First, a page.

Buying Equipment for Your Farm or Ranch

Hi, my name is Hank Lewis. I live on a small farm with my wife and two teenage children. Neither my wife or I grew up on farms; in fact we were city kids. One major thing we had in common was a desire to live in the country, so we made it happen. My wife loves animals, and I love planting and harvesting crops. By the time we put both our passions together, we found we had a small farm going. When we shop for our equipment and supplies, we are like kids in a toy store. We have learned a great deal about agricultural equipment and supplies. I’m looking forward to sharing some of this knowledge with you. I hope you find my website to be of value.

4 Things To Consider When Buying Your First Horse Trailer

Automotive Blog

So, you've decided to take up horses. This may be for competitions, trail rides or even shows. Whatever the case may be, it is vital that you have the proper horse trailer to transport your horses. When deciding on the trailer to purchase, you will have your own preferences, but you also need to consider what the horse would want. Here are a few tips to help you get starting in buying your very first horse trailer:

1. Make Sure to Actually Purchase a Horse Trailer.

Many people who are new to the world of horses tend to go to a trailer dealer to get a horse trailer and leave with a livestock trailer. While these will work, it simply makes more sense to get a true horse trailer—a trailer that is designed specifically for hauling horses. These are typically built with separate compartments for multiple horses and will be far more comfortable for the horse during transport.

2. Don't Overlook the Importance of Load Type.

There are two primary types of trailers when it comes to load type: straight and slant. Newer horse owners will find that a straight load trailer is easier to get in and out of the trailer. However, a slant load trailer is often seen as a better option for the horse. Horses tend to stand with a slight slant naturally, so a trailer with slanted stalls built-in may help reduce the strain on their legs during the trip. Ultimately, both trailers have their advantages and disadvantages. It will boil down to preference, though you should always keep your horse's comfort in mind since he or she will be the one riding in it.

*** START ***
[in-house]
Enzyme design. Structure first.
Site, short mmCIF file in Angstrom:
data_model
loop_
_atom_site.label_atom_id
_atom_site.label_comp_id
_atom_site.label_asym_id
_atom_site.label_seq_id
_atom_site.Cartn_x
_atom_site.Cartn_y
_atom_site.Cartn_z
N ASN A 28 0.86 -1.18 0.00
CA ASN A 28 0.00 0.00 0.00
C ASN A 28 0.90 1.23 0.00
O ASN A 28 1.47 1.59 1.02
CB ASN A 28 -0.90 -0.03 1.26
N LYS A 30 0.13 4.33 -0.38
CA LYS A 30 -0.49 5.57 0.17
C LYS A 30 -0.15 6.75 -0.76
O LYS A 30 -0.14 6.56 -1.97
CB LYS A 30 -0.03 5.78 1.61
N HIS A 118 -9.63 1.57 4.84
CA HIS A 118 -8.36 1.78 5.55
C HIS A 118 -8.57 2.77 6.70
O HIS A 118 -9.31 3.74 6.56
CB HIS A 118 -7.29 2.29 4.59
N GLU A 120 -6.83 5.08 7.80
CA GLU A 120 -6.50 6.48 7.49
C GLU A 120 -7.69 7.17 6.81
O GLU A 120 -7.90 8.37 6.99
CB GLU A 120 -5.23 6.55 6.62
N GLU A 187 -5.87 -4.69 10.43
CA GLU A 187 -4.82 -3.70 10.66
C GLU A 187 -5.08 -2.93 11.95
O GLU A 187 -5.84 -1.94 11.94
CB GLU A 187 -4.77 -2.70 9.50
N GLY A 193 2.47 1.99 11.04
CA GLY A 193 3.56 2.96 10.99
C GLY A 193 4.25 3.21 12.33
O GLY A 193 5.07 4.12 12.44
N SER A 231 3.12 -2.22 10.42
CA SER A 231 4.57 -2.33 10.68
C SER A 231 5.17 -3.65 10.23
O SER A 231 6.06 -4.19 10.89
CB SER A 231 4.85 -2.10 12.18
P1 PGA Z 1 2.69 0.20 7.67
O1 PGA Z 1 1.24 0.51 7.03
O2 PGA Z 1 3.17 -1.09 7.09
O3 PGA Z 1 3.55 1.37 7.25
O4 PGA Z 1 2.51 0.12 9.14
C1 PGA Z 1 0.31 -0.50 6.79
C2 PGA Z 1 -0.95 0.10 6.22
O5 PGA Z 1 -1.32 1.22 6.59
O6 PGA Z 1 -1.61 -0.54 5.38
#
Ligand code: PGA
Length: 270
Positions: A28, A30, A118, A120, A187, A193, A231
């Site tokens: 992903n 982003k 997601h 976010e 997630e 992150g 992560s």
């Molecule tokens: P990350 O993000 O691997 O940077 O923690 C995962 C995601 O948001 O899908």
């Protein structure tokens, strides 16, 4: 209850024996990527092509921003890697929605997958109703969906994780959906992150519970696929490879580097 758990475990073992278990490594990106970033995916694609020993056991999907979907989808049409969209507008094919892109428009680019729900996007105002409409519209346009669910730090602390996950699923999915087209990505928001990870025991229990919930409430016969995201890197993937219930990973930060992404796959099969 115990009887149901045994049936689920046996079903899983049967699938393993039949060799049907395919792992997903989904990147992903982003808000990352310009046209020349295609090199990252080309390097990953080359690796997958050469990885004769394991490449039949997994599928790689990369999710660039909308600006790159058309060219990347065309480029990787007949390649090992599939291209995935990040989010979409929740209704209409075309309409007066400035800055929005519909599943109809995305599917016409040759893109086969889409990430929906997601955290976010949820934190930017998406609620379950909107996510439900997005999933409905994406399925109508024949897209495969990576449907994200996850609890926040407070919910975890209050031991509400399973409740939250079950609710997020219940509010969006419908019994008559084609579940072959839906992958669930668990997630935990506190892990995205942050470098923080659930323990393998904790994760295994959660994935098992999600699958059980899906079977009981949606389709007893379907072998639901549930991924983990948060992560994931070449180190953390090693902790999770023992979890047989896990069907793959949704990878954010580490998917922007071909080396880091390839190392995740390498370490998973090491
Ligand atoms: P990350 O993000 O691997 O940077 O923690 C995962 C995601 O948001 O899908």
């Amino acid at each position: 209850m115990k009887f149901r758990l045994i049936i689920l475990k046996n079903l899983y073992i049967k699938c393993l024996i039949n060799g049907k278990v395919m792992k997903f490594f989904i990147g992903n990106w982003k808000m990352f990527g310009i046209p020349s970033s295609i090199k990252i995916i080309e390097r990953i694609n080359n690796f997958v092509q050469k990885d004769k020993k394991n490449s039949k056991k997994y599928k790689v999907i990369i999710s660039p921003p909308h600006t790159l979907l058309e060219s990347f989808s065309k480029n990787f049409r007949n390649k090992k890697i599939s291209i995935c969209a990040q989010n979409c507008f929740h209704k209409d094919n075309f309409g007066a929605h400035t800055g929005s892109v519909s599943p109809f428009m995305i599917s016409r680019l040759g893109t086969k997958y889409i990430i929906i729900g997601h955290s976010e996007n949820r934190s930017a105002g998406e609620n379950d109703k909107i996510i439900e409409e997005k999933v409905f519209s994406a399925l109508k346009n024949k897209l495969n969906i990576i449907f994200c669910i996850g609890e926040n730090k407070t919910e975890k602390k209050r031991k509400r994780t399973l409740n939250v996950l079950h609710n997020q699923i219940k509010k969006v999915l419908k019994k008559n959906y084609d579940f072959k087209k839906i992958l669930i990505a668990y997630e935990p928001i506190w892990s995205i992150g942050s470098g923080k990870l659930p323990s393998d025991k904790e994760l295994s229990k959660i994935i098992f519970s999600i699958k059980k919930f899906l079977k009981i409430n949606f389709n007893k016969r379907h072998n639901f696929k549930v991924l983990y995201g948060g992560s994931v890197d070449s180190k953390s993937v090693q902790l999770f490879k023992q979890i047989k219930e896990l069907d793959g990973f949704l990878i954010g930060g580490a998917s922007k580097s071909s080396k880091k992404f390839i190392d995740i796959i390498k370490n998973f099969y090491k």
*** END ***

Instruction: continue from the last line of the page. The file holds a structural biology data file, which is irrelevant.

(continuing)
3. Consider the Material Used to Construct the Trailer.

Most horse trailers are either made from aluminum or steel. Aluminum is the lighter of the two, which makes it a much easier haul and creates less strain on your towing vehicle. Plus, it is much less likely to rust when compared to other materials, such as steel. Steel is strong and sturdy, which can be a good thing for your horses, especially if you're involved in an accident, but a bad thing or your vehicle. Both have their positives and negatives and it will simply come down to owner preference. If you just can't decide, you may want to see if a hybrid is available (a trailer made from both aluminum and steel) so that you can reap the benefits of both in one single trailer.

4. Don't Forget the Smaller Features: Ventilation and Padding.

Your horse's comfort and safety should be an important consideration throughout the process of buying a trailer. Therefore, you need to make sure to check out the padding and ventilation features of the trailer. There should plenty of both to ensure that your hose is comfortable traveling for short- and long-term distances. It simply makes life easier for everyone involved when the horse is comfortable, happy and safe. In addition, you may want to consider other more preferential features, such as storage space, lighting and partitions.

With the aforementioned advice, you should be ready to head to a horse trailer dealer (such as Colorado Trailers Inc) and purchase that first horse trailer. 


6 August 2015